SANTA ROSA (KPIX 5) — Sonoma County has been looking for a safer place to relocate the homeless people living on the Joe Rodota Trail.
Some officials thought they had a good place in mind, but that location has now been rejected because of a problem 80 years in the making.READ MORE: Mothers Tearfully Remember Children Slain In Bay Area Homicides
The spot was a county maintenance yard located near the Charles Schulz Airport. Without a lot of neighbors to object, it seemed like a perfect place to locate a new homeless facility. Until someone reminded officials about what lies beneath it.
The county’s “corporation yard” (an area designated for the storage of equipment, usually for the Department of Public Works) sits on land that was part of the Santa Rosa Army Air Field during World War II.
“We recognized that there were some buried munitions under that site,” said Board President Susan Gorin. “And we thought, ‘Oooh, that’s probably not a good site to choose from.'”
But there was more than just munitions. At the nearby Pacific Coast Air Museum, volunteer Mike Lynch said the old air base was a training facility for pilots learning to fly P-38’s that flew dogfight missions over the Pacific.
“What would happen would be some of their training is, naturally, flying. And some of it was classroom training,” Lynch said.
Some of that training involved mustard gas, the deadly poison that killed so many soldiers during WWI trench warfare. At the base, small vials of diluted gas were used to teach pilots what it smelled like.READ MORE: With Playoff Dreams Dancing In Their Heads; San Francisco 49ers Fans Return To Levi's Stadium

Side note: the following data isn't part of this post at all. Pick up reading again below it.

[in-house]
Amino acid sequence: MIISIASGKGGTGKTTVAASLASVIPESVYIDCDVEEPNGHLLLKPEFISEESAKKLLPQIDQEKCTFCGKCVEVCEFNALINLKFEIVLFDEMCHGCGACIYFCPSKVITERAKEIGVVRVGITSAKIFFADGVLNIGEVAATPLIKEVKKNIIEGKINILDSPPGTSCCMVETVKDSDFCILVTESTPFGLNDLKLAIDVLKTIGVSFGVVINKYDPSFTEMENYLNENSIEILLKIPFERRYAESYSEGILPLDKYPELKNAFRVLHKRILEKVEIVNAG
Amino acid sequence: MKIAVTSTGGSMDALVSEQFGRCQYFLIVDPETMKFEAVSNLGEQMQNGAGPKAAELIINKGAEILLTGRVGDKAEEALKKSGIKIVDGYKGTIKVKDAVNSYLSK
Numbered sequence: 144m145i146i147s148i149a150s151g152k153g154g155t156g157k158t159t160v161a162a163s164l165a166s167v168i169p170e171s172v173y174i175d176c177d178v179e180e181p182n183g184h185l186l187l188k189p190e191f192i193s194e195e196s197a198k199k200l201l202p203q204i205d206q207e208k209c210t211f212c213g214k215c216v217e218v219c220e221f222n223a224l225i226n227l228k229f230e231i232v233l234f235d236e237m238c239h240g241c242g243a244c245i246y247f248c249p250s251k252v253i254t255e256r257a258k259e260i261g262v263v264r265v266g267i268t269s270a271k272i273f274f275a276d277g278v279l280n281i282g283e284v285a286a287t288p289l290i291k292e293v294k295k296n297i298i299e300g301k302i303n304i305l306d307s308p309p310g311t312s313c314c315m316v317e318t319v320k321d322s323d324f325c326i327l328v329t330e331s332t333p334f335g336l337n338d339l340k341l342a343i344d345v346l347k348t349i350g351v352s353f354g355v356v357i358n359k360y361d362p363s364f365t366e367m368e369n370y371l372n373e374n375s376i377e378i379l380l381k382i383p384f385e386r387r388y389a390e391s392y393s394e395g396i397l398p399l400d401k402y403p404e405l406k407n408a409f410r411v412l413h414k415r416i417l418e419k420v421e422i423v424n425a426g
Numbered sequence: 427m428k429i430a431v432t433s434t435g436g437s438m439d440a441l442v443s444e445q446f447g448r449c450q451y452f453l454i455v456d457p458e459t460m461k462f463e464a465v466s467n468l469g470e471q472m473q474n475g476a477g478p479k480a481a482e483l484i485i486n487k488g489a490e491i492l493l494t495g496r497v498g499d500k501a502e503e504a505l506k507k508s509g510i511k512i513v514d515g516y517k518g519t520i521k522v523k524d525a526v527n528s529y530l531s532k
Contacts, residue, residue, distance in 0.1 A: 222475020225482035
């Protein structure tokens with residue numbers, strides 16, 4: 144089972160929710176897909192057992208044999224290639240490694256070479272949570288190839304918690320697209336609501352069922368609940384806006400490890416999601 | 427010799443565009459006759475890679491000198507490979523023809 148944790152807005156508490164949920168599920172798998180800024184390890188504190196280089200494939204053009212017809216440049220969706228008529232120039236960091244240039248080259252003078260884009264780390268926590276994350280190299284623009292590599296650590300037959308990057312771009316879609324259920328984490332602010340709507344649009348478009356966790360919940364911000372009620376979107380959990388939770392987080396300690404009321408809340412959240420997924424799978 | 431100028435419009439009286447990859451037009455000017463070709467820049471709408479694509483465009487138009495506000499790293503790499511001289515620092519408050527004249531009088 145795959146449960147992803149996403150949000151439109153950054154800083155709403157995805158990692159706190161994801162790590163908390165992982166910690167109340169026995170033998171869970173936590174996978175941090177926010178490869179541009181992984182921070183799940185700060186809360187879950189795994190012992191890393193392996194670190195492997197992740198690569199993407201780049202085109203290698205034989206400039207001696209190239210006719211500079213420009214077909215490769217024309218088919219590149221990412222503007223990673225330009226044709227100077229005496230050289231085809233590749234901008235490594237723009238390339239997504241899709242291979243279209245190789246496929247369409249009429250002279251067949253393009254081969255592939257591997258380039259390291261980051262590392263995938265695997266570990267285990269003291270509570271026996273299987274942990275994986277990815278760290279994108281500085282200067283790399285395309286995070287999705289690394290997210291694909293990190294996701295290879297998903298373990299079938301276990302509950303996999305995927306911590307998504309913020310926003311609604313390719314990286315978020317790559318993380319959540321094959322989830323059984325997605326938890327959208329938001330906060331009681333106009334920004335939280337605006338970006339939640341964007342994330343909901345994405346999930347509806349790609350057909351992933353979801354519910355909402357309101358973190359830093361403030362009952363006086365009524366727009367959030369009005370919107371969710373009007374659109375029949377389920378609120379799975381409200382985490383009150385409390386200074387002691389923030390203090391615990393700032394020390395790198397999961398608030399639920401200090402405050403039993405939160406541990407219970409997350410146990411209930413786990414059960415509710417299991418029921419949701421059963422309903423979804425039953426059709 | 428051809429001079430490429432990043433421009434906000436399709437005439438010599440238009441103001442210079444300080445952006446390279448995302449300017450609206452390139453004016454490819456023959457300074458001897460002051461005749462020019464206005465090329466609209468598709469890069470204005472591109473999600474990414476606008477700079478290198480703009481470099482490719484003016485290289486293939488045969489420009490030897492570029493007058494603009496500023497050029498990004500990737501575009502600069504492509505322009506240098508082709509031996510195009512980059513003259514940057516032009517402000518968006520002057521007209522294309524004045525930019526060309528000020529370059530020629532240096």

Fast forward to the 1980s: A crew digging a sewer line discovered canisters of the gas buried under the maintenance yard. Ever since then, there has been a ban on digging in the area.
“I was comfortable that, in fact, you could, but I wouldn’t dig deeply under there,” said Gorin.
But the board of supervisors decided that was not a risk they could take with their new shelter facility and the idea of placing it at the airport site was scrapped.
The question that remains is what officials should do about the mustard gas.
When asked if the county was going to pay to have it removed, Gorin replied, “Everything is deemed safe if you simply pave it over and don’t disturb the soil.”
The county is looking for a new place to locate its homeless facility and the land at the airport will likely remain an unused corporation yard for a long time to come.MORE NEWS: Oakland Ties 2020 Homicide Total in First 9 Months of 2021
After Supervisors rejected the airport site, county staff continued working to identify other possible locations for a homeless shelter. They have reportedly settled on two locations that have not been publicly revealed, but will be presented to the Board of Supervisors at a special meeting next week.